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I am developing my first major project with jQuery functions implemented inside my HTML. I am building an image gallery.

There is a jQuery function on my HTML page that slides a panel down between my header and thumbnails. Note - the thumbnails are created in HTML and CSS; not in an array of any sorts.

I want to have it so that no matter which thumbnail the enduser clicks on, it calls the function to slide the panel down, the problem is that the function can only be called by one thumbnail at a time (by giving it an "id" attribute). When I give the id attribute to all of the thumbnails, the function is only called when the first thumbnail is clicked.

Here is the jQuery function:

jQuery.fn.blindToggle = function(speed, easing, callback) {
var h = this.height() + parseInt(this.css('paddingTop')) +                                            
return this.animate({marginTop: parseInt(this.css('marginTop')) <0 ? 0 : -h}, speed, 
    easing, callback);  

$(document).ready(function() {
    var $box = $('#box')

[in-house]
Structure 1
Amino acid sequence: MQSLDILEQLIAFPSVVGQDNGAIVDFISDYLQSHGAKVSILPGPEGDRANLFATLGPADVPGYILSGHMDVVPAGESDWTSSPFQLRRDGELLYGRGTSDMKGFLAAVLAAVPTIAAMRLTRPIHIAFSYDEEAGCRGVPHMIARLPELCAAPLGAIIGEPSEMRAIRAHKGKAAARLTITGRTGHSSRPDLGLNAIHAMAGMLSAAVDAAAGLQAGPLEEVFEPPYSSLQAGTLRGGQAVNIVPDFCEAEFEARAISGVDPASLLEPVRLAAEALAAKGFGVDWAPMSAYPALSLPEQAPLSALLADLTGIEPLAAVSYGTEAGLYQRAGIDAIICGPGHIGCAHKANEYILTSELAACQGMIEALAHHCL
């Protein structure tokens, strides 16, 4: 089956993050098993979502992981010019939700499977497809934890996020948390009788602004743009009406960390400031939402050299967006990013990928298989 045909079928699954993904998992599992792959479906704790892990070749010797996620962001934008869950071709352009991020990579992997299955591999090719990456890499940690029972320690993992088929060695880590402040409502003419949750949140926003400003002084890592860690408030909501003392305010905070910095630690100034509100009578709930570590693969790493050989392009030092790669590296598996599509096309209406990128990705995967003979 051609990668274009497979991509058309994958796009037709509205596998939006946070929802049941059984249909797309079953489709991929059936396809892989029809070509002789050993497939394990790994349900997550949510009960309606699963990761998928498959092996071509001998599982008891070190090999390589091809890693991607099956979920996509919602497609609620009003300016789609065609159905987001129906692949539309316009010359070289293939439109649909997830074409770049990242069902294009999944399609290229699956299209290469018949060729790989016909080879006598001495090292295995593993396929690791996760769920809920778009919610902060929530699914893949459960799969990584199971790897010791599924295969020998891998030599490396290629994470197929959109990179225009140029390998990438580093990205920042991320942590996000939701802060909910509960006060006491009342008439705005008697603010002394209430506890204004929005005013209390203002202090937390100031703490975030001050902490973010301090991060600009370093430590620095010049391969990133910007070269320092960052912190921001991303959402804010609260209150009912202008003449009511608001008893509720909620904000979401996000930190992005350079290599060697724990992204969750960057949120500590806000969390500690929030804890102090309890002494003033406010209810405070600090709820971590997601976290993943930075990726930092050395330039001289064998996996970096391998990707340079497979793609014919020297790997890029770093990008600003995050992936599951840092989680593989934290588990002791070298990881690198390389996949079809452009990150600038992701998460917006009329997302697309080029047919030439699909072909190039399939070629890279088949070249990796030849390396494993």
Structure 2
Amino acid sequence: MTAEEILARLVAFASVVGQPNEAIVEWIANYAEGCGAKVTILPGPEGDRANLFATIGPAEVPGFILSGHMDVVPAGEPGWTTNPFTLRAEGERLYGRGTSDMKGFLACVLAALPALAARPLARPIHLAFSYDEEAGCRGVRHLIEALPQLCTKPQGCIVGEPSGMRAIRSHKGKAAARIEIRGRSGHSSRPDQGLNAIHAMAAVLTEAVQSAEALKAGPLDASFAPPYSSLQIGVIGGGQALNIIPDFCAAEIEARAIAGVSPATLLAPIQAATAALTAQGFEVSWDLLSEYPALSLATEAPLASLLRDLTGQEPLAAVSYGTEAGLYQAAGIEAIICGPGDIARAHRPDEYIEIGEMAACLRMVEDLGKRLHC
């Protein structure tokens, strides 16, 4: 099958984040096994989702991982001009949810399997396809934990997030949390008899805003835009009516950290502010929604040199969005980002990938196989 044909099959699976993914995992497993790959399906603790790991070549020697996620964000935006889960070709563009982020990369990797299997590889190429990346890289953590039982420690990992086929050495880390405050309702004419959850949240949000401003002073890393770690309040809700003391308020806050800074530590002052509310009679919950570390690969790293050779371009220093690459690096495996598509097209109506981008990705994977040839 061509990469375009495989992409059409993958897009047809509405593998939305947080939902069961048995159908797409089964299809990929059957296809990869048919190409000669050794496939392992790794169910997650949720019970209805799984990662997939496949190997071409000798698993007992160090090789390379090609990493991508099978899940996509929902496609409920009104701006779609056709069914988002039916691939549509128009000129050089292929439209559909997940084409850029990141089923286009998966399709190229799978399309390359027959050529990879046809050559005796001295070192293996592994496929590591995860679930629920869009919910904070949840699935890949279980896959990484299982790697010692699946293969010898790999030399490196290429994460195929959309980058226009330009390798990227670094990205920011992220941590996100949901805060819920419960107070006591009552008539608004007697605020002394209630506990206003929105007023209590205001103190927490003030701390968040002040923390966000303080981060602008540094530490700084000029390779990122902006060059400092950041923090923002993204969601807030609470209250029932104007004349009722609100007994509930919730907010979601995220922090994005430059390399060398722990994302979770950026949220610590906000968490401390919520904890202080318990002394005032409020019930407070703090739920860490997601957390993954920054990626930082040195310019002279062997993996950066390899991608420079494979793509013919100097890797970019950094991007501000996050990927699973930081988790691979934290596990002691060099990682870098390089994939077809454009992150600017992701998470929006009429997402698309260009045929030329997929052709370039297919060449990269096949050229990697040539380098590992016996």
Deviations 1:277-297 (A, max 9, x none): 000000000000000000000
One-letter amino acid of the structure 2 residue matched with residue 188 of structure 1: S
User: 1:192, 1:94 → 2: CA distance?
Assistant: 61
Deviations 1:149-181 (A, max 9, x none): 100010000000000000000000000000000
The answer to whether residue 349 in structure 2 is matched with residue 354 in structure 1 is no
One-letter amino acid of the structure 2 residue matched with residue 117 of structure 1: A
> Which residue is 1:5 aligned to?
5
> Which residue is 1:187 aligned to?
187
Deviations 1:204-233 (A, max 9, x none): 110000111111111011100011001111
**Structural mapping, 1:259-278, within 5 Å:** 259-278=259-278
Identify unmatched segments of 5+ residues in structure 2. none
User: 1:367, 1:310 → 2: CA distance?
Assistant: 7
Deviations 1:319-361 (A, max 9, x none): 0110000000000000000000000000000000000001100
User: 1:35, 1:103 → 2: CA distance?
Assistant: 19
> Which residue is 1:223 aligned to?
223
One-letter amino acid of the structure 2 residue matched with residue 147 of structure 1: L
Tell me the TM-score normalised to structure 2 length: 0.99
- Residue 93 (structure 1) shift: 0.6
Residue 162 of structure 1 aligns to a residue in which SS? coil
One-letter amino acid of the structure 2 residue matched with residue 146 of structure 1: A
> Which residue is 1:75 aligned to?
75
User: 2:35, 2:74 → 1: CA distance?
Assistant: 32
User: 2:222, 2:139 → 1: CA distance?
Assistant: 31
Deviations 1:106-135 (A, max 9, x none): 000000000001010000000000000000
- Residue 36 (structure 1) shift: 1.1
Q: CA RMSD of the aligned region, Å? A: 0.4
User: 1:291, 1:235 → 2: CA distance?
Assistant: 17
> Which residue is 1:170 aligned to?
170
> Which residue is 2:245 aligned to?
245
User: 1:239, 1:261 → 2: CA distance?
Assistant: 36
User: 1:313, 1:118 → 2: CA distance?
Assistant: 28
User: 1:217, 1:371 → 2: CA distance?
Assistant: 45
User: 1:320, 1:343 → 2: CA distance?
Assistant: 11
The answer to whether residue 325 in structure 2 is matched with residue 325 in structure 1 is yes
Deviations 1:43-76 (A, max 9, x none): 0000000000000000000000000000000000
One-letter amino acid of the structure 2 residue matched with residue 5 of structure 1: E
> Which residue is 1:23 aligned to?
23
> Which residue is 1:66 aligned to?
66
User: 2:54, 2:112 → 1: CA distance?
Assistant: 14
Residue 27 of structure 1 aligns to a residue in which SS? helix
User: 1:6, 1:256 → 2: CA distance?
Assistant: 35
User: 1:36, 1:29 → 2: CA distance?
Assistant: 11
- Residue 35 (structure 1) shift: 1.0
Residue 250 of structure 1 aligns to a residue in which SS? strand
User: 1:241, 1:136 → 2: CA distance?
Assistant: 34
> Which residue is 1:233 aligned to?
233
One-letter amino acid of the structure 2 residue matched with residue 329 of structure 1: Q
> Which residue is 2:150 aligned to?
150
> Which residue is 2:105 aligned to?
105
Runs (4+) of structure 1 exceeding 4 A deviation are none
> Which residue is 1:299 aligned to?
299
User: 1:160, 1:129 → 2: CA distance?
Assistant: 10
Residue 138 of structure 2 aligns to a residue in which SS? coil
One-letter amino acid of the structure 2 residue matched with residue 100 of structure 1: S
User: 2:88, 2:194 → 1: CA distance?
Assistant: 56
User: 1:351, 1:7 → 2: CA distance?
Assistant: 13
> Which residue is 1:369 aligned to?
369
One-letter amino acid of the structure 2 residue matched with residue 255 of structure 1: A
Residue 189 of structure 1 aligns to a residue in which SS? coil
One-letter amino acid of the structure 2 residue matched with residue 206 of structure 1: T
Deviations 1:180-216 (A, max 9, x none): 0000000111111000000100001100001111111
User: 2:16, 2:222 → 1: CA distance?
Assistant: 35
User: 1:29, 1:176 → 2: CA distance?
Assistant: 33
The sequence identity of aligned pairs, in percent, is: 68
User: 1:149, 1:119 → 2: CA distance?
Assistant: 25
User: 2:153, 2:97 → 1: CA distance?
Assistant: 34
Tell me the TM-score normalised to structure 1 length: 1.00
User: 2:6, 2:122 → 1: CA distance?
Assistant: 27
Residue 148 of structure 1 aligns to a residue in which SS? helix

.wrap('<div id="box-outer"></div>');
    $('#blind').click(function() {$box.blindToggle('slow');  

<div class=thumbbox>
     <div class="thumb" id="blind";></div>
share|improve this question
Why don't you use a class instead, as ID's are unique and should only be used once per document. –  adeneo Nov 4 '12 at 3:43

1 Answer 1

up vote 1 down vote accepted

Why don't you use a class instead of an ID?

Like so:

$('.blind').click(function() {$box.blindToggle('slow');  

And in your markup:

<div class=thumbbox>
     <div class="thumb blind"></div>
share|improve this answer
After implementing this directly into my markup, none of the thumbnails call the function. –  Graeme Nov 4 '12 at 3:58
OK so thumb blind means that the element has two classes on it: thumb and blind. The .blind selector in jQuery means: "Find me objects with the "blind" class." Make sense? –  Jesse Bunch Nov 4 '12 at 4:29
Thank you, after re-writing my code over again and cleaning it up, this works - thank you :) –  Graeme Nov 4 '12 at 17:11
Glad I was able to help you out. Don't forget to mark this question as solved! –  Jesse Bunch Nov 4 '12 at 23:48

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